Moving from within to without, the awakened and aware spirit is one that will become a trailblazer in this realm and others. To fulfill that role, the seeker accepts and activates the role of the divine (Thou Art God/dess), lives in balance (as within, so without), and now takes the step toward remembering and rebuilding his or her connection with the ancestors, the tribe, the world, and, by extension, the cosmos. Our ancestors give us the gift of tradition and the tribe reminds us of our humanness—our needs, wants, goals, things of which the communal necessity of companionship and a supportive group of intertwined individuals cannot be denied. Finally, the earth becomes our teacher, our provider, and a reflection of the universe and God, and it has a few surprises in store for us along the way.
True spiritual awareness means being present and paying attention. It means finding the power of your personal space, so that other spaces (teaching spaces, praying spaces, ritual spaces, be-ing spaces) make themselves known to you. Even a concrete slab can house sacred energies. Walls can talk but people don’t always listen. If you’re already living in the moment, and listening to your inner/outer God/dess, you’ll probably find special sanctuaries quite naturally. As an adult, however, it helps to have some guidelines as to what type of sensations to look for when you stumble upon a sacred place. These cues include:
*A tingling sensation (like static)
*The feeling that you’ve stepped into another time or dimension (due to a shift in energies)
*A sudden hush or calm around and within
*Intense emotional, physical, creative, or spiritual responses to a place or space evoked without warning
*Unusually lush plant or animal life
*The presence of light (or brighter light) as compared to adjacent areas
Unlike spontaneous sacredness, many spiritual centers have long-term, regionally specific holiness that’s often recognized by a wide variety of people, some of whom may not be spiritually oriented. Many people believe that these centers take their resonance from a historical event, from ley lines, from a unique composition of plant matter or stones, etc. In any case, whatever exists in that spot makes people feel differently—more awake and aware. And once such a place is discovered, the next obvious question is what do we do with this awareness, this powerful place? What is our ethical responsibility?
The most common responses to that question are “protect them, of course” and “bring other people here to experience this.” If we see the earth as sacred, this place isn’t really more sacred, it just affects us differently. Does that one spot deserve our extra protection, versus those efforts we extend on a planetary level? If we’re thinking globally and acting locally, perhaps the best thing is to devote our energy to safeguarding that spot, knowing that by extension it ties into the greater all. But shouldn’t we ask the spirits of the land first? What do they want?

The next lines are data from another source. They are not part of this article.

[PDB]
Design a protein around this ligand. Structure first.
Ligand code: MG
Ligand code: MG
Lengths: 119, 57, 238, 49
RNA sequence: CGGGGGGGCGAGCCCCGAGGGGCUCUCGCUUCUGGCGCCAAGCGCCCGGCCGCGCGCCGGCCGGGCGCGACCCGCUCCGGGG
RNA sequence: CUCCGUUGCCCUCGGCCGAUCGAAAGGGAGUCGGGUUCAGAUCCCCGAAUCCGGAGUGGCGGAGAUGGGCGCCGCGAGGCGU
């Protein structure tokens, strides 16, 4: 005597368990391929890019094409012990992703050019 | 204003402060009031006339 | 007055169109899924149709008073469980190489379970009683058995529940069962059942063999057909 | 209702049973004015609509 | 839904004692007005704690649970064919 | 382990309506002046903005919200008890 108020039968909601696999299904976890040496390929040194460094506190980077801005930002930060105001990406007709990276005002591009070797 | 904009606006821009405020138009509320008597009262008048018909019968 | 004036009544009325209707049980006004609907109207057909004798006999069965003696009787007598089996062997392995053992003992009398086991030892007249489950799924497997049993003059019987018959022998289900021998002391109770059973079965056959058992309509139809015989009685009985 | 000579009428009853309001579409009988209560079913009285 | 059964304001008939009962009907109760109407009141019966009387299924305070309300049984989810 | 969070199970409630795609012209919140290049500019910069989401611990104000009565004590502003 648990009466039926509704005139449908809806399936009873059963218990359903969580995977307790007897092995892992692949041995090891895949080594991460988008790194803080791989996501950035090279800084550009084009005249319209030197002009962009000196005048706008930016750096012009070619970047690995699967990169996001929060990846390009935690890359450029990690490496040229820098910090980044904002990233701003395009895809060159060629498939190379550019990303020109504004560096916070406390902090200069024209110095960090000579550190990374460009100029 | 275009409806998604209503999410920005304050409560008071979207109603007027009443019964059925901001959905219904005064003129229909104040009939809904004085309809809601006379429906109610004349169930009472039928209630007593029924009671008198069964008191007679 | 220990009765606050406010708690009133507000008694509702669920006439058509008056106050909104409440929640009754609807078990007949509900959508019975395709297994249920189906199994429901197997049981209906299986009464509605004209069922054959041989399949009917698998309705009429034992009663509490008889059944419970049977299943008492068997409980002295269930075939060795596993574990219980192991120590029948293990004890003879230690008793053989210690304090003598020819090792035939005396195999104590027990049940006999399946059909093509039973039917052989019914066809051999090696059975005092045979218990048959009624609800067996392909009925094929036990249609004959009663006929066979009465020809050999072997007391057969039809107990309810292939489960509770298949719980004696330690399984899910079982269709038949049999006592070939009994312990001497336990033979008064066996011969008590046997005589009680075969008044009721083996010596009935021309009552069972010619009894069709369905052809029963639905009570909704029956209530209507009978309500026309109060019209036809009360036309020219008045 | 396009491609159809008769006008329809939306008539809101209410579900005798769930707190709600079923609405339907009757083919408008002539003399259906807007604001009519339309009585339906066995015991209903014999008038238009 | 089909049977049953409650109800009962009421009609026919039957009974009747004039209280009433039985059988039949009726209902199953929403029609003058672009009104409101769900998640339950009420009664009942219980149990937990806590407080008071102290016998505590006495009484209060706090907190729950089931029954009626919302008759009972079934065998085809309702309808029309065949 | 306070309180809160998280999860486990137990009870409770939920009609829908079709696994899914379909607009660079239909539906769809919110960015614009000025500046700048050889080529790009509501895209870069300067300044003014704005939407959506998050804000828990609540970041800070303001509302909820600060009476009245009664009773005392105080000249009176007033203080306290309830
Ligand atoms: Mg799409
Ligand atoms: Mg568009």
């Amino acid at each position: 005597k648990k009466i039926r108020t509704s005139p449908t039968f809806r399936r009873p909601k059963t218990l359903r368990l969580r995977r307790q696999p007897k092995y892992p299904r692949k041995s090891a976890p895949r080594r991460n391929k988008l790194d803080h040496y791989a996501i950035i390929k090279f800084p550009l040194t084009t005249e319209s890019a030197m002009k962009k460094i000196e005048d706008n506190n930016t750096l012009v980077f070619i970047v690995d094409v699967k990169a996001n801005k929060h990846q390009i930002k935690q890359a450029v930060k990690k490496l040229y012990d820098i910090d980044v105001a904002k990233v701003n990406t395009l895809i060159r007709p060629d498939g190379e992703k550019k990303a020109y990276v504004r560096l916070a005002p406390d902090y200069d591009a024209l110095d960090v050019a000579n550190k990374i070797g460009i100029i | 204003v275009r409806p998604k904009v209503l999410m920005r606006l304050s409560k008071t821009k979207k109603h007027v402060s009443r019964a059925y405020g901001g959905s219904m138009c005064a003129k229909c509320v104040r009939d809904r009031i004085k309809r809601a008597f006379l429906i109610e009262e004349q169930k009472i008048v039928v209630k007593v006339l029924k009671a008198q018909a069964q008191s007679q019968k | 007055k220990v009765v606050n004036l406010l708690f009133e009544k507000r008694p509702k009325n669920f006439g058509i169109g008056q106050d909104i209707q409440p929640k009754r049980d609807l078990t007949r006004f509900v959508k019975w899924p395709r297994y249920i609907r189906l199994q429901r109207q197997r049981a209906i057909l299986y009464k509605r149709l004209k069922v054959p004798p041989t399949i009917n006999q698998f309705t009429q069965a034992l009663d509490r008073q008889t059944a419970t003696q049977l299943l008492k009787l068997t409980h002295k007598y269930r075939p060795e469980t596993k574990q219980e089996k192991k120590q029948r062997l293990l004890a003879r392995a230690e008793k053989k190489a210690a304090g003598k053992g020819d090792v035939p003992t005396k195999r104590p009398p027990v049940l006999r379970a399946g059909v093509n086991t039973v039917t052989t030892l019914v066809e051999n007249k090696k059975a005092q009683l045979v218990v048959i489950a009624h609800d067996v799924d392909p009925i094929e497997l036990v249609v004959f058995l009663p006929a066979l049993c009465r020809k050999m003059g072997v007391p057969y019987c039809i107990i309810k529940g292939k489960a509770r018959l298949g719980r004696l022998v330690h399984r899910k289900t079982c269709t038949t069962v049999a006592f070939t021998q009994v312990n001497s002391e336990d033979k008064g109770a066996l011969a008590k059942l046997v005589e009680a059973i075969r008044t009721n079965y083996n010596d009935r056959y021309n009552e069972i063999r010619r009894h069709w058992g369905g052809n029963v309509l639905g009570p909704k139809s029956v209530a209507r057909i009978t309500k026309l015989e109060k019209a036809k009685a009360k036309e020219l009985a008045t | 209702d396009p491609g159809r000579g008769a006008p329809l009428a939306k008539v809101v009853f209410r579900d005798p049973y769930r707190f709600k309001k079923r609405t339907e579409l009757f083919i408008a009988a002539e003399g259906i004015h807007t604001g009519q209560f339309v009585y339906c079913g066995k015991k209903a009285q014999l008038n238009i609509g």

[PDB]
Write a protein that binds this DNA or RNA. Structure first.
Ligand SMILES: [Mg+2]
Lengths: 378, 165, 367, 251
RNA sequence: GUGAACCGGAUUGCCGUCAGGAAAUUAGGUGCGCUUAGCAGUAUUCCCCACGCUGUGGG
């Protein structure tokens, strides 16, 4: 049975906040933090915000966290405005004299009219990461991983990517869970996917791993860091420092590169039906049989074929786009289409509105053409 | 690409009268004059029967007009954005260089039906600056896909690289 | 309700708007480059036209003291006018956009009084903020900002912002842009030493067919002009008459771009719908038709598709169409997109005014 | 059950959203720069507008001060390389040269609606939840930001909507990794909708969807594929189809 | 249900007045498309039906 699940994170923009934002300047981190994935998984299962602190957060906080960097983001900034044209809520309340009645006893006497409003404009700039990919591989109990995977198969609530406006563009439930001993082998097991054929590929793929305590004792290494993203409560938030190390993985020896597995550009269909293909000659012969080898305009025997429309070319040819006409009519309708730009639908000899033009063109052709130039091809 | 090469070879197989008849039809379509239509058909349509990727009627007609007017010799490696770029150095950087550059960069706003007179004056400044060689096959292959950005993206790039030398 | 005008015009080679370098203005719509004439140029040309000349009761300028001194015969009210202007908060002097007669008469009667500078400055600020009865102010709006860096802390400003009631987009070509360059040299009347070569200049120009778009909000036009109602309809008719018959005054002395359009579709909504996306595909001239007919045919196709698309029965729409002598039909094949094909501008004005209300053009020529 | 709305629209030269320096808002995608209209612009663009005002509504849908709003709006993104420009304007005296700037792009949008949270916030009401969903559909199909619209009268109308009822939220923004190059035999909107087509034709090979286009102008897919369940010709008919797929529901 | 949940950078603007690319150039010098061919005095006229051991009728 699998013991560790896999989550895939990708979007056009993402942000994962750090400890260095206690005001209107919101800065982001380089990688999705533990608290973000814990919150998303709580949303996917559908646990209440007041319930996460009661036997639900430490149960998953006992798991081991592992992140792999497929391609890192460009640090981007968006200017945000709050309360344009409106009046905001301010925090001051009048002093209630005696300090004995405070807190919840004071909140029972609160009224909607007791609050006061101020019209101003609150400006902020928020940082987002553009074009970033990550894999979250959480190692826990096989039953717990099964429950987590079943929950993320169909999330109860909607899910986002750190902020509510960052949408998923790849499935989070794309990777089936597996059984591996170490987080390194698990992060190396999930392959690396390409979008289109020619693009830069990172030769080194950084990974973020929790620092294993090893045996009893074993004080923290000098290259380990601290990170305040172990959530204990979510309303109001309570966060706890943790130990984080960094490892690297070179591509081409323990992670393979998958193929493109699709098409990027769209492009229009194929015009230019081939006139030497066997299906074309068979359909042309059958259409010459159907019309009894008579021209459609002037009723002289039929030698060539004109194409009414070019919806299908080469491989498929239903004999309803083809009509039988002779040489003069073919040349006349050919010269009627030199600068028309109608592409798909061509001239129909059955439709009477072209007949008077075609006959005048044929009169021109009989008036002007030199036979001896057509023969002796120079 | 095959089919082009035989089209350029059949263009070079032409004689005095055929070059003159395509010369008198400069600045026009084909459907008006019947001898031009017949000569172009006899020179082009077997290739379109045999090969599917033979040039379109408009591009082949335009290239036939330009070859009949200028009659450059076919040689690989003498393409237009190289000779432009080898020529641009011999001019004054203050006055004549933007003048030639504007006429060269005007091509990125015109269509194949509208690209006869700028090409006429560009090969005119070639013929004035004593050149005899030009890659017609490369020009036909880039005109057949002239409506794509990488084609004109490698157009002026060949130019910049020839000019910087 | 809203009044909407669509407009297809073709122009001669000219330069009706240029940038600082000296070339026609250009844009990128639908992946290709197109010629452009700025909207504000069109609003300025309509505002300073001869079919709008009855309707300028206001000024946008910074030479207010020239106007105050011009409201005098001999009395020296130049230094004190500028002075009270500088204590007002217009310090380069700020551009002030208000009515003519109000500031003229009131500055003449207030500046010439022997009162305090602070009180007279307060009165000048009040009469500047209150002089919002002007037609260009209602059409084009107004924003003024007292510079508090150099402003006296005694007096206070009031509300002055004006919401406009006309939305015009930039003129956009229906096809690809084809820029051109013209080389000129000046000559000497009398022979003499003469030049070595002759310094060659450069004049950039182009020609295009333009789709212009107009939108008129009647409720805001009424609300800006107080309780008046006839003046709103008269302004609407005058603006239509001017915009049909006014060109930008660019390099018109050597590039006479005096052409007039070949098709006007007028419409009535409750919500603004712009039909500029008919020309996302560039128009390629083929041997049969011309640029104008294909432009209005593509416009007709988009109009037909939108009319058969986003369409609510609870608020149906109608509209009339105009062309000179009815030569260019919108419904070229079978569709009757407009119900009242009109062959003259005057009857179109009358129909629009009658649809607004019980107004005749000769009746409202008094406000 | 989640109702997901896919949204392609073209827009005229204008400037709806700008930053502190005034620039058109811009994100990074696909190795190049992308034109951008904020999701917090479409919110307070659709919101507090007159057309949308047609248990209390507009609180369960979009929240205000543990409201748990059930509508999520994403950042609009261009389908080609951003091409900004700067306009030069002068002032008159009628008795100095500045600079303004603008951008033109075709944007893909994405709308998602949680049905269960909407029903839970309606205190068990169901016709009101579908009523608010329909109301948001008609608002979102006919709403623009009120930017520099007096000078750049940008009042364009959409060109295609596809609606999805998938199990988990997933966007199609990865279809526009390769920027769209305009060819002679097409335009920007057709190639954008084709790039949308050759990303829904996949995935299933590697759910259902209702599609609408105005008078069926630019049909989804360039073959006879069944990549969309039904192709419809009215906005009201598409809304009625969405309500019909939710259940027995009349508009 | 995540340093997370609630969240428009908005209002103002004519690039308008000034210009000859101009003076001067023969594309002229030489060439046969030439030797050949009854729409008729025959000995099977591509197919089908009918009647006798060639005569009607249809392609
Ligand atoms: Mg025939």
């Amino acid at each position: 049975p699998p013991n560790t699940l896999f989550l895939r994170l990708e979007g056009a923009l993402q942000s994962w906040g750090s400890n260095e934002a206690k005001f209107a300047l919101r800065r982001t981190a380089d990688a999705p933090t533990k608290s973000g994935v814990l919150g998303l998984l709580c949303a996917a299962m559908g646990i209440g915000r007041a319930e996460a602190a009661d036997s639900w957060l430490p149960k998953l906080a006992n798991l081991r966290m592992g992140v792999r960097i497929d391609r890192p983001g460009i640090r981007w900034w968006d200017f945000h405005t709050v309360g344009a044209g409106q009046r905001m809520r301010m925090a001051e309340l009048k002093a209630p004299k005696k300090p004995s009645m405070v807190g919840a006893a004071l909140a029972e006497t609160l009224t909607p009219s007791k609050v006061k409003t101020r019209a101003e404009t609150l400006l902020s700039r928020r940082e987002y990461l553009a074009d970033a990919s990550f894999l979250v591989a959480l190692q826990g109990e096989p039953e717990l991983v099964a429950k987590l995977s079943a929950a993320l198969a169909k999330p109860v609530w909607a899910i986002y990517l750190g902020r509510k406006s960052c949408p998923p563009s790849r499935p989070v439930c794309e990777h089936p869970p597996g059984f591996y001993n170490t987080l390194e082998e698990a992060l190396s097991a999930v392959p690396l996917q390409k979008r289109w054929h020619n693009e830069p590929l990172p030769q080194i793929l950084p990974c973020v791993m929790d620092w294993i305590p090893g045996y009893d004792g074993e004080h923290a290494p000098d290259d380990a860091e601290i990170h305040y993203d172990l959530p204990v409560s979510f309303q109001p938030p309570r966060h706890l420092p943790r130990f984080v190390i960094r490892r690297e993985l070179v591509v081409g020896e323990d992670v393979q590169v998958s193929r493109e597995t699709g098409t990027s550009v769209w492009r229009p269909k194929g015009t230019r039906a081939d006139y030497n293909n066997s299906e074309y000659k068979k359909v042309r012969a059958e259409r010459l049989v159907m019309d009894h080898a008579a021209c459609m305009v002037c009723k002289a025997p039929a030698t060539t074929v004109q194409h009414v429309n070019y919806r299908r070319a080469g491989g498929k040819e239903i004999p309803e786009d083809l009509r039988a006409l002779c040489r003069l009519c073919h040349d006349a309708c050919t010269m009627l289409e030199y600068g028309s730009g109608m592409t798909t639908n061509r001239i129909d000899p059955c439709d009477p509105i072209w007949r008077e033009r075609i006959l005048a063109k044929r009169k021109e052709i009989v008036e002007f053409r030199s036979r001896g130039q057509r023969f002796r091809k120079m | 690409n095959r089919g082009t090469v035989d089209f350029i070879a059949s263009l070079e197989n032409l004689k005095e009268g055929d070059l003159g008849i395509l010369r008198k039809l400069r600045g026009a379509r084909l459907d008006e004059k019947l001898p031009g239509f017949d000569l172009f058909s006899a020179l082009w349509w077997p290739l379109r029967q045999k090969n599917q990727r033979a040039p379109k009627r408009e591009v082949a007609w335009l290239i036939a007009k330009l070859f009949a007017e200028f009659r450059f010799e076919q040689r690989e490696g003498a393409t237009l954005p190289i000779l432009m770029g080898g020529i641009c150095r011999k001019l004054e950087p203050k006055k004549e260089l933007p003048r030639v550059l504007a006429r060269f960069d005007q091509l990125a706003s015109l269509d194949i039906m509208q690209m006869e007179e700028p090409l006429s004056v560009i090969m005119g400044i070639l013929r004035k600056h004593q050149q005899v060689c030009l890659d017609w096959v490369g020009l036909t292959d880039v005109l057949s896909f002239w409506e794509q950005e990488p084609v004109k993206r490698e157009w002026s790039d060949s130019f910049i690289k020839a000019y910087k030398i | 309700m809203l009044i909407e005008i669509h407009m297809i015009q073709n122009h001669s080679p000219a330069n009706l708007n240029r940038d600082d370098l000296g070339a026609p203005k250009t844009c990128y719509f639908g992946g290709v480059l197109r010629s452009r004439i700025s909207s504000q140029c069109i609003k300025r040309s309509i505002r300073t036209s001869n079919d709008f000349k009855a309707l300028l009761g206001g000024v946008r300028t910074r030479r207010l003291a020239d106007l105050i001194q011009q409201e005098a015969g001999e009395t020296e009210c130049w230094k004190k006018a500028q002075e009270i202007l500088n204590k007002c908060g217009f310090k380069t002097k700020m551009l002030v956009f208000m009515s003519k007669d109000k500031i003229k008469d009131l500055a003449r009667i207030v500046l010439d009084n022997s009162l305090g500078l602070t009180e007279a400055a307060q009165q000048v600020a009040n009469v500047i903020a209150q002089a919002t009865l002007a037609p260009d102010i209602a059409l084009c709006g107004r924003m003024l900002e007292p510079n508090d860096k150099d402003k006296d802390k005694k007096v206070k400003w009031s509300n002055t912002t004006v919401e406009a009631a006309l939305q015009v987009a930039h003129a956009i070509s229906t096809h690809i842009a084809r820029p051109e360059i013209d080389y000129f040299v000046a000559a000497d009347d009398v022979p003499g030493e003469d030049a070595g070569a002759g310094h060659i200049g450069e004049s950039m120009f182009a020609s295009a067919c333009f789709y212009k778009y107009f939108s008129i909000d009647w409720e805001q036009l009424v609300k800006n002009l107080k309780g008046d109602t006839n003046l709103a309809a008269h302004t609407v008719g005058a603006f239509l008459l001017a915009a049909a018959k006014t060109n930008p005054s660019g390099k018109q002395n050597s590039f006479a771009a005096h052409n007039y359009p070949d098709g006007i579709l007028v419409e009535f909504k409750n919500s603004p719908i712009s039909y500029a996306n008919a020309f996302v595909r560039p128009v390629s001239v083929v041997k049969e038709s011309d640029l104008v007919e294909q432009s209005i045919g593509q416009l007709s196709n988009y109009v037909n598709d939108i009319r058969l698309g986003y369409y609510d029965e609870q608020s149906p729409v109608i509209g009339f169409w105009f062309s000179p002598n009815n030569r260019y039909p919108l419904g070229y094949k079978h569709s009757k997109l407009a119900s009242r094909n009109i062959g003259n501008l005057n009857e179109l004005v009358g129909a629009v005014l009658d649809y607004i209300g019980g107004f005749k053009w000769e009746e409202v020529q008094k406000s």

It is not our place to trample into nature, add magickal energy willy-nilly, and walk away feeling puffed up and pleased with ourselves. To honor the earth, it would be nice to make an effort toward a polite introduction, reconnection, and relationship-building process with nature. It respects the power of place. The change in attitude turns a personal expression into a sacred excursion.
And how does bringing other people to sacred spaces figure into relationship building and respect? It depends on how you look at it. Many people would rejoice in revealing such energies to another being and watching the wonder in their exploration. However, would we be doing this for their good or because of personal desire? It’s similar to a child saying, “Look what I found!” It’s natural to want to share, but we must always consider the other seeker’s best interest. Would it be better for them to discover the power of place in their own time? Or would experiencing it communally be even a greater expression of the indwelling wonder and divinity of all things?
Do or don’t do. Those are really the options. Either decision, however, should be guided by the God/dess, tempered by balance, and nurtured by positive intention.
—-A Witch’s 10 Commandments: Magickal Guidelines for Everyday Life